Sunday Feb. 9, 2003
When I realized we had a trip scheduled for the weekend of the AT&T
Pro Am Golf Championship my heart sank. There is typically a phenomenon
that as a kid growing up in the area we referred to as "Crosby weather".
The former name of the tournament as in Bing Crosby. Invariably the
weather would turn foul for the tourney, and in '62 there was even
Ah, but my worries were all for naught. On Sunday's seabirding trip
conditions were about as nice as you could hope for and the Pacific
lived up to its name. We hosted an experienced group of hardy seabirders,
many up from southern California and several armed with long lenses.
Inside the harbor we enjoyed close-up views of a wintering pair of
HARLEQUIN DUCKS. We were close enough to hear the male's high
squeaky call. On the coast guard jetty we spotted 2 SURFBIRDS
and 6 BLACK TURNSTONES. Before we even got to Cannery Row we
spotted a RED-NECKED GREBE and our first of 10 ANCIENT MURRELETS.
Our skipper Richard maneuvered the boat into favorable light for the
photographers on board and we spent a fair amount of time trying to
get some shots in during the bird's brief time on the surface. In
this same area we began seeing PACIFIC LOONS and PELAGIC
We headed out into the bay where we could see a lot of bird activity.
En route Richard pointed out a POMARINE JAEGER. We came upon
good numbers of alcids; RHINOCEROS and CASSIN'S AUKLETS,
COMMON MURRES along with a sizable flock of BLACK-VENTED
SHEARWATERS both in flight and on the water. Here we also had
our first NORTHERN FULMAR.
Our route headed south past the galleries at Pebble Beach which we
could see, past Carmel Bay to Soberanes Rocks. A report of Killer
Whales came in on the radio from this area but the only sign we saw
of them were the two GRAY WHALES we saw heading north instead
of south. A large herd of RISSO'S DOLPHINS were very receptive
to our presence. The group was estimated to be 200 strong. They hung
around quite close to the boat for some time. Here we also came across
the marine mammal of the day, a NORTHERN FUR SEAL caught napping
in its distinctive curled up way, shading its head with its flippers.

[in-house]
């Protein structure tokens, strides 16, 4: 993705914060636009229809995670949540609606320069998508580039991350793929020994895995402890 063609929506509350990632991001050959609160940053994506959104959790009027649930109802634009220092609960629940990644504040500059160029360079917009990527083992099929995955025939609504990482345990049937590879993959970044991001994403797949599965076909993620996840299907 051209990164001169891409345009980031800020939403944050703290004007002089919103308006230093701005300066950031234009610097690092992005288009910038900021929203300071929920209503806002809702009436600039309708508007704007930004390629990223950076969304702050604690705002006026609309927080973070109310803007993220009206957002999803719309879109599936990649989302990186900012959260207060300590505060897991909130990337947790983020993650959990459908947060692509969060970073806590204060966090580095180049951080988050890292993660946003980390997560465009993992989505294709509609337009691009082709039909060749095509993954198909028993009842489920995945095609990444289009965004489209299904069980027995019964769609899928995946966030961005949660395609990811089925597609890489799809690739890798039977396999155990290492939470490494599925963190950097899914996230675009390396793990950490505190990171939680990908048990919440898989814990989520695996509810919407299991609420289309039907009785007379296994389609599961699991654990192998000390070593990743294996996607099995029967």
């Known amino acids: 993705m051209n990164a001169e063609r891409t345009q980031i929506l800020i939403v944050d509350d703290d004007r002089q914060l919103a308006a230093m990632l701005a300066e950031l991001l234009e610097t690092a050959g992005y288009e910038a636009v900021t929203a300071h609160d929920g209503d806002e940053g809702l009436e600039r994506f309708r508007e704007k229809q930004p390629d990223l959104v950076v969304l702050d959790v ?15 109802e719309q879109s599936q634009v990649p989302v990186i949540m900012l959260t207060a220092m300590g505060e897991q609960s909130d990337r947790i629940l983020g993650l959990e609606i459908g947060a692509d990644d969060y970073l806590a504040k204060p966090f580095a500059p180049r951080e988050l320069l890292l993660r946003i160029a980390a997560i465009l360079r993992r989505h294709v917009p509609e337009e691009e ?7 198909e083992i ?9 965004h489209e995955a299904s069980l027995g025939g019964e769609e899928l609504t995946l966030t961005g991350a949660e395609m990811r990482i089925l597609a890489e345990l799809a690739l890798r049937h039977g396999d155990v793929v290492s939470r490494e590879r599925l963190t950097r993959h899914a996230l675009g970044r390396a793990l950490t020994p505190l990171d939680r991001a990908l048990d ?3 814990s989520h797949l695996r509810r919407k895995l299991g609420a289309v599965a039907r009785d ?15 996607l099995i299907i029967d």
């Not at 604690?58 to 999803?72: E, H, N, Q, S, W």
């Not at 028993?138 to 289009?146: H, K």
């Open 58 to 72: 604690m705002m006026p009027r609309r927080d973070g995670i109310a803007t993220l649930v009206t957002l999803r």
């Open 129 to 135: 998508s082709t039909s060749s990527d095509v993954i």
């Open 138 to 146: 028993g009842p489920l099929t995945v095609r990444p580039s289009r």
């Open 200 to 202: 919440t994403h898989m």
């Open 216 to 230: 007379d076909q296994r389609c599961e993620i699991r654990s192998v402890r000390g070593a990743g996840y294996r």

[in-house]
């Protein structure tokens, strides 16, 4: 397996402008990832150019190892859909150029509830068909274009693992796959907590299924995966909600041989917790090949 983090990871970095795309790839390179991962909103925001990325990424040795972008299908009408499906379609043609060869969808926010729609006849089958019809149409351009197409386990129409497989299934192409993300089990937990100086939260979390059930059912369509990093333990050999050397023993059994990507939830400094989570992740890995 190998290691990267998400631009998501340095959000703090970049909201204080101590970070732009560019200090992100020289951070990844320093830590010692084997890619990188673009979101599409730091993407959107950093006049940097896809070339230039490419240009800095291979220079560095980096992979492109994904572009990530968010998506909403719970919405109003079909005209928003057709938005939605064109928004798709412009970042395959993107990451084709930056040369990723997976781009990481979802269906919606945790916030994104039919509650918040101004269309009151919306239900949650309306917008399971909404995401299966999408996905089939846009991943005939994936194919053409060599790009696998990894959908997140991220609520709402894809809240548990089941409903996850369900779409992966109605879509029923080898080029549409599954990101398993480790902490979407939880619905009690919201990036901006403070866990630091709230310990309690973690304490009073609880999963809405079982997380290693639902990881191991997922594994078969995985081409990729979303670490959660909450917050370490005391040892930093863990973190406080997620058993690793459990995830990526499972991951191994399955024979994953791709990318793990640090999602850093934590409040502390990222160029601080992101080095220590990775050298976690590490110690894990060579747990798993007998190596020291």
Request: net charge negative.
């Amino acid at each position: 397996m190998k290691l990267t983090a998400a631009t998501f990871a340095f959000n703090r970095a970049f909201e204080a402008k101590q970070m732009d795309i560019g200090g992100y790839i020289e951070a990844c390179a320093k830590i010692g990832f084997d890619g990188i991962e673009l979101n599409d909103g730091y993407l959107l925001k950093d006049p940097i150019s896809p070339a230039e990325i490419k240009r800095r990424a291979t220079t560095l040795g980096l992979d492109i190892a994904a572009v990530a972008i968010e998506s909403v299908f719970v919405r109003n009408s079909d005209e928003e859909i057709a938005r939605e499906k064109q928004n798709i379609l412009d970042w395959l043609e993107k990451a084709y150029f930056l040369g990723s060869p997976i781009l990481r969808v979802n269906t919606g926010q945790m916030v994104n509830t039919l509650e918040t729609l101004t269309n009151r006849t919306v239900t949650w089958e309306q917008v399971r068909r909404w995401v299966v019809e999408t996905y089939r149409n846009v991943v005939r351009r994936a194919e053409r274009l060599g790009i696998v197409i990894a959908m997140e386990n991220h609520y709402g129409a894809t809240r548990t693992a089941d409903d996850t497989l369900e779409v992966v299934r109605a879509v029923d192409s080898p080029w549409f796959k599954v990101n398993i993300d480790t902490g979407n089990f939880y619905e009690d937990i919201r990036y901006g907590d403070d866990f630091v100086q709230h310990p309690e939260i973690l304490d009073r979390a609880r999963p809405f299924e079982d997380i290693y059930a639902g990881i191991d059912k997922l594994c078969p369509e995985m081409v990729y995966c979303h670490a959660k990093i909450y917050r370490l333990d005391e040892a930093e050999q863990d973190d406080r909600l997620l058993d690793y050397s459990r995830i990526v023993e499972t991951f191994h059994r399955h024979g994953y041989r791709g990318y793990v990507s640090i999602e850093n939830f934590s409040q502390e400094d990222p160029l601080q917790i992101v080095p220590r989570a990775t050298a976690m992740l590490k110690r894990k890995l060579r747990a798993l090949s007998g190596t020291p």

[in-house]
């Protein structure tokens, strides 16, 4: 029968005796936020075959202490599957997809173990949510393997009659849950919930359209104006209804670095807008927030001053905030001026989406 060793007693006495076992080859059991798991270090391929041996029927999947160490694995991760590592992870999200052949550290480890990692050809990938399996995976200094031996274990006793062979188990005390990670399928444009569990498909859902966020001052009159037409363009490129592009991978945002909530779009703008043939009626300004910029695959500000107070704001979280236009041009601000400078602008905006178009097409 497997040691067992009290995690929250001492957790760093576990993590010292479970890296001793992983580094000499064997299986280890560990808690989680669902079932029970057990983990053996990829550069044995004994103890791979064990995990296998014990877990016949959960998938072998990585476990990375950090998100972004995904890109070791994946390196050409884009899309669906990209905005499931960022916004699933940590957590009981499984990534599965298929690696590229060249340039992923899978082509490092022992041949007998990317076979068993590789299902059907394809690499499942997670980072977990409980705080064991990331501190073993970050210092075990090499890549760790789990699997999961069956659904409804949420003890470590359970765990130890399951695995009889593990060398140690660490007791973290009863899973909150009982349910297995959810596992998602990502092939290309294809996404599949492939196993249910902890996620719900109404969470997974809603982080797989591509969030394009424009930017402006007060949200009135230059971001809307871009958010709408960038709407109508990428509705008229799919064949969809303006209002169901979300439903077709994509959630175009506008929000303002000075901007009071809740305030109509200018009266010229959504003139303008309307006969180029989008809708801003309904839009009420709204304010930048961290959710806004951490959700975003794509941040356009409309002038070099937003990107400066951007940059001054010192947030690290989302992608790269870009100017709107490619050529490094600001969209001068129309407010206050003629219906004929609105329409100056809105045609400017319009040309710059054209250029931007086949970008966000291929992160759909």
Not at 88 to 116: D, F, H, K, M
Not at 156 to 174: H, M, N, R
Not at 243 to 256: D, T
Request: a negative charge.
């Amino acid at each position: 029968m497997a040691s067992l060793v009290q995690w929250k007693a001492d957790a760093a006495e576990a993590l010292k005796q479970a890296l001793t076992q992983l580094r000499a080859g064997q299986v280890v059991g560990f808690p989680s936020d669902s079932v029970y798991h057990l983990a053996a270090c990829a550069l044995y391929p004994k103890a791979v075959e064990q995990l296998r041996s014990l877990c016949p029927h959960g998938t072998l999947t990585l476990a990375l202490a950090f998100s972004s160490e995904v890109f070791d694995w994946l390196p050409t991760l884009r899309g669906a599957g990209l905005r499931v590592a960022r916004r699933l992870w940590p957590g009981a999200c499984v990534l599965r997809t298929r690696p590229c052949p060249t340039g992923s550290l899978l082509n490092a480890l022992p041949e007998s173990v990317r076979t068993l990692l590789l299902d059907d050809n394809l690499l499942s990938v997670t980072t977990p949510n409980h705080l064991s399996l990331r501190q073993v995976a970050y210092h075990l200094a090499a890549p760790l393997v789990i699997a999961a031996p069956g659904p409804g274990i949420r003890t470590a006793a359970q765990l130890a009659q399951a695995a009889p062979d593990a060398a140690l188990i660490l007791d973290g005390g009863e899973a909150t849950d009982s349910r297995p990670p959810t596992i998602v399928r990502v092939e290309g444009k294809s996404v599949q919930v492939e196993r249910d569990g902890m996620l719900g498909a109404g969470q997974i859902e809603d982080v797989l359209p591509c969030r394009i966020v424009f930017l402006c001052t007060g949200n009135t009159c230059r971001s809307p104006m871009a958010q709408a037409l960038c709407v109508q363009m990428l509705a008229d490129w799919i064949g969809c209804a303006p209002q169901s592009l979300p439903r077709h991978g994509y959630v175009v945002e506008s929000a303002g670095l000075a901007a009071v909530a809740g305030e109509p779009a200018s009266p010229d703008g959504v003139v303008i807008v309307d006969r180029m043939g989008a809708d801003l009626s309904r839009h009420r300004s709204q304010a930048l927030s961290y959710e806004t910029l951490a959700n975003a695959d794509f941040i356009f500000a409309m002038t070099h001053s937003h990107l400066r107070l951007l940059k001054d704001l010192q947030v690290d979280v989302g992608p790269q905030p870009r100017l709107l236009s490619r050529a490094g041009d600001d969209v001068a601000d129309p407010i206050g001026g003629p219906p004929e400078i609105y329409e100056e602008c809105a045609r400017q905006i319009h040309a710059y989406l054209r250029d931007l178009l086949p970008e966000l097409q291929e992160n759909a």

He barked at us and then left the scene.
From Soberanes Rock we turned back toward deeper water and a fishing
vessel we saw in the distance. A PINK-FOOTED SHEARWATER came
in close to the stern to check out the chum; we saw 3 on the day.
A single dark shearwater sp. landed on the water and we motored over
to check it out. It was very obliging, allowing us to get fairly close
and get some photos. There was some spirited discussion on this bird.
Leaders Don Roberson and Steve Bailey declared it a SHORT-TAILED
SHEARWATER. Another sooty type shearwater sp. seen later in the
day went unidentified.
GULL was called from the stern and came right up to the boat in
pursuit of popcorn. All on board were able to get photos of this juvenal
plumaged bird and a thorough going over of the characteristics to
look for. Later in the day we did the same with an adult THGU. BLACK-LEGGED
KITTWAKES put in several appearances; 15 were seen on the day.
We headed back toward the harbor down the middle of the bay. Along
the way CASSIN'S and RHINO AUKLETS were abundant. Estimated
numbers were for 3,000 CAAU and 1,500 RHAU!
Near shore we cruised the beach and were rewarded with our bird of
the day -- a MARBLED MURRELET which is rarely seen on the Monterey
side of the bay.
Our next trip is on March 9. Hope to see you then.
Roger Wolfe for Monterey
Bay Whale Watch